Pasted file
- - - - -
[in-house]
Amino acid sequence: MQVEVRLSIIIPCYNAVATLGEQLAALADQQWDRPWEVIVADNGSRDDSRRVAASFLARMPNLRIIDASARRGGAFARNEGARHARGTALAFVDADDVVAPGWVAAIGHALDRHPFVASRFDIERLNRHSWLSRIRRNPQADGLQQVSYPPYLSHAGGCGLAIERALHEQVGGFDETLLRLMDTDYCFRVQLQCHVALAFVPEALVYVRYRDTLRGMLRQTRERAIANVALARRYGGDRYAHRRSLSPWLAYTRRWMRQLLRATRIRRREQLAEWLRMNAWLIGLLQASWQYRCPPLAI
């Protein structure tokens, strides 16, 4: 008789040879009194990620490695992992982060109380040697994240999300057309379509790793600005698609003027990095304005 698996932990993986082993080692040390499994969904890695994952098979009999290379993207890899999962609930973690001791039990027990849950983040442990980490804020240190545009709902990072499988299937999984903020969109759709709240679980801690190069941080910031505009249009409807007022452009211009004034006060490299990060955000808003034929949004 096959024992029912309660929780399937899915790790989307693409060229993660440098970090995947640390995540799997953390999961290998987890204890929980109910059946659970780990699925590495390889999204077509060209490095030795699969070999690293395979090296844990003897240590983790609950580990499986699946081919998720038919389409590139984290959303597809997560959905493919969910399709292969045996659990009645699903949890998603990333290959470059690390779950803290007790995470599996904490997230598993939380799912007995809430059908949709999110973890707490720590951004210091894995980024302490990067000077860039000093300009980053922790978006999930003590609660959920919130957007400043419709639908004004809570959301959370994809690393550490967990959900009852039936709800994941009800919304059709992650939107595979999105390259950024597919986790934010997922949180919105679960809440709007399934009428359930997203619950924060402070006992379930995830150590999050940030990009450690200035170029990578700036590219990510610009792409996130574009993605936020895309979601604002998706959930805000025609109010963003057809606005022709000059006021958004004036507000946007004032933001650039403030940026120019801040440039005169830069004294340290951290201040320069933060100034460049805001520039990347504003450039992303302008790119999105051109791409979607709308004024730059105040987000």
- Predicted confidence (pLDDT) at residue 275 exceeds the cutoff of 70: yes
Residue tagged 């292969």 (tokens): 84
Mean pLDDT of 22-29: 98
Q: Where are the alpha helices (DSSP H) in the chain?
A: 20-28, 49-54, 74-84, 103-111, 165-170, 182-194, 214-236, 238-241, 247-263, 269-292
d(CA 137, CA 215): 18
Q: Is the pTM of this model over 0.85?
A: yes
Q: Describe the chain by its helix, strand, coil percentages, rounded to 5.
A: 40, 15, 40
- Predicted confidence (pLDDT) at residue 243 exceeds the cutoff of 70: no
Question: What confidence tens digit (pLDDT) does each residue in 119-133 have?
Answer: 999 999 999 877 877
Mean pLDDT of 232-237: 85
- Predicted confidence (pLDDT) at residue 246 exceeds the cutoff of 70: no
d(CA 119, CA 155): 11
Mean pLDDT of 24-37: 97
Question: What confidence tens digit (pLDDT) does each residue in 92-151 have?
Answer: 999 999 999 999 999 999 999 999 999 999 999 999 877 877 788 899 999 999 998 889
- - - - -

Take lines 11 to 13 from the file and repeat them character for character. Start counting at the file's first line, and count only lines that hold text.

A: yes
Q: Describe the chain by its helix, strand, coil percentages, rounded to 5.
A: 40, 15, 40